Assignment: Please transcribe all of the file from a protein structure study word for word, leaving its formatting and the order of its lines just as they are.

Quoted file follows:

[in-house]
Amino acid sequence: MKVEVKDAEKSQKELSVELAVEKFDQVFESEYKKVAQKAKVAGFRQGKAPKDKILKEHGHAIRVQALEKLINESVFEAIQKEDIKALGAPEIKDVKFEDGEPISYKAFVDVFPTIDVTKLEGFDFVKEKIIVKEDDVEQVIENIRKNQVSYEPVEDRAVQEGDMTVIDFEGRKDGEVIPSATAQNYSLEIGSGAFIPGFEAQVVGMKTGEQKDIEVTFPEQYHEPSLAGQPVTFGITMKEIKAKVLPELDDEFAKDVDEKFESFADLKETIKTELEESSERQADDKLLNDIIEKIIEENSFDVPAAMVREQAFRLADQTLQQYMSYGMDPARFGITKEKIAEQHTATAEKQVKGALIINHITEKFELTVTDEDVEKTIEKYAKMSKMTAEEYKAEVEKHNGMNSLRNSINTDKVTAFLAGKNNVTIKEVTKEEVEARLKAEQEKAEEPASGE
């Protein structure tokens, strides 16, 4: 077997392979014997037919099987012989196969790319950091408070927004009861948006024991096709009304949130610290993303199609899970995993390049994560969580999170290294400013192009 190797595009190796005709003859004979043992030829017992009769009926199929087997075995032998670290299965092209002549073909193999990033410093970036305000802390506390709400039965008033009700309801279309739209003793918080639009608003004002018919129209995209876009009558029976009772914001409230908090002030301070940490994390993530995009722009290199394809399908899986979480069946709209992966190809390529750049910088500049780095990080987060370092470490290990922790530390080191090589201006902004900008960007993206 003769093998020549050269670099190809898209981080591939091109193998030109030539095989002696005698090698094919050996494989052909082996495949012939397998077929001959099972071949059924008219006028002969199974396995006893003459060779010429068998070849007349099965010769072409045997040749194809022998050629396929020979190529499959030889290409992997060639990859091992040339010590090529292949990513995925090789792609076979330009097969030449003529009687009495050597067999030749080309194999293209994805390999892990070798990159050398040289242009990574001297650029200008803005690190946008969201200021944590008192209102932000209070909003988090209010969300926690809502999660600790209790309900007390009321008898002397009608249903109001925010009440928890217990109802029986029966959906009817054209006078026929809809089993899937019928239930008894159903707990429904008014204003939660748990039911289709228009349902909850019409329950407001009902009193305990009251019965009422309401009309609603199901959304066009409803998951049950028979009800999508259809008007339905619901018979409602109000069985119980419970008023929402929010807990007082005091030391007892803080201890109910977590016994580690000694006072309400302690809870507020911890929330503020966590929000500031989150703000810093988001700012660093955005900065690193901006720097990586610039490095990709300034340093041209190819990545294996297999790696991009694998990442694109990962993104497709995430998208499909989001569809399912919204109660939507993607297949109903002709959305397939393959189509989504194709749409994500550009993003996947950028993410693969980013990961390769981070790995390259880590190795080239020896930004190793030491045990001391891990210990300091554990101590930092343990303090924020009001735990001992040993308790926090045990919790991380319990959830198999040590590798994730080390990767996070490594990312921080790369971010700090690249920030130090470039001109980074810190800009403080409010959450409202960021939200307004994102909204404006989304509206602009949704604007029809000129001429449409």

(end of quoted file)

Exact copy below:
[in-house]
Amino acid sequence: MKVEVKDAEKSQKELSVELAVEKFDQVFESEYKKVAQKAKVAGFRQGKAPKDKILKEHGHAIRVQALEKLINESVFEAIQKEDIKALGAPEIKDVKFEDGEPISYKAFVDVFPTIDVTKLEGFDFVKEKIIVKEDDVEQVIENIRKNQVSYEPVEDRAVQEGDMTVIDFEGRKDGEVIPSATAQNYSLEIGSGAFIPGFEAQVVGMKTGEQKDIEVTFPEQYHEPSLAGQPVTFGITMKEIKAKVLPELDDEFAKDVDEKFESFADLKETIKTELEESSERQADDKLLNDIIEKIIEENSFDVPAAMVREQAFRLADQTLQQYMSYGMDPARFGITKEKIAEQHTATAEKQVKGALIINHITEKFELTVTDEDVEKTIEKYAKMSKMTAEEYKAEVEKHNGMNSLRNSINTDKVTAFLAGKNNVTIKEVTKEEVEARLKAEQEKAEEPASGE
């Protein structure tokens, strides 16, 4: 077997392979014997037919099987012989196969790319950091408070927004009861948006024991096709009304949130610290993303199609899970995993390049994560969580999170290294400013192009 190797595009190796005709003859004979043992030829017992009769009926199929087997075995032998670290299965092209002549073909193999990033410093970036305000802390506390709400039965008033009700309801279309739209003793918080639009608003004002018919129209995209876009009558029976009772914001409230908090002030301070940490994390993530995009722009290199394809399908899986979480069946709209992966190809390529750049910088500049780095990080987060370092470490290990922790530390080191090589201006902004900008960007993206 003769093998020549050269670099190809898209981080591939091109193998030109030539095989002696005698090698094919050996494989052909082996495949012939397998077929001959099972071949059924008219006028002969199974396995006893003459060779010429068998070849007349099965010769072409045997040749194809022998050629396929020979190529499959030889290409992997060639990859091992040339010590090529292949990513995925090789792609076979330009097969030449003529009687009495050597067999030749080309194999293209994805390999892990070798990159050398040289242009990574001297650029200008803005690190946008969201200021944590008192209102932000209070909003988090209010969300926690809502999660600790209790309900007390009321008898002397009608249903109001925010009440928890217990109802029986029966959906009817054209006078026929809809089993899937019928239930008894159903707990429904008014204003939660748990039911289709228009349902909850019409329950407001009902009193305990009251019965009422309401009309609603199901959304066009409803998951049950028979009800999508259809008007339905619901018979409602109000069985119980419970008023929402929010807990007082005091030391007892803080201890109910977590016994580690000694006072309400302690809870507020911890929330503020966590929000500031989150703000810093988001700012660093955005900065690193901006720097990586610039490095990709300034340093041209190819990545294996297999790696991009694998990442694109990962993104497709995430998208499909989001569809399912919204109660939507993607297949109903002709959305397939393959189509989504194709749409994500550009993003996947950028993410693969980013990961390769981070790995390259880590190795080239020896930004190793030491045990001391891990210990300091554990101590930092343990303090924020009001735990001992040993308790926090045990919790991380319990959830198999040590590798994730080390990767996070490594990312921080790369971010700090690249920030130090470039001109980074810190800009403080409010959450409202960021939200307004994102909204404006989304509206602009949704604007029809000129001429449409």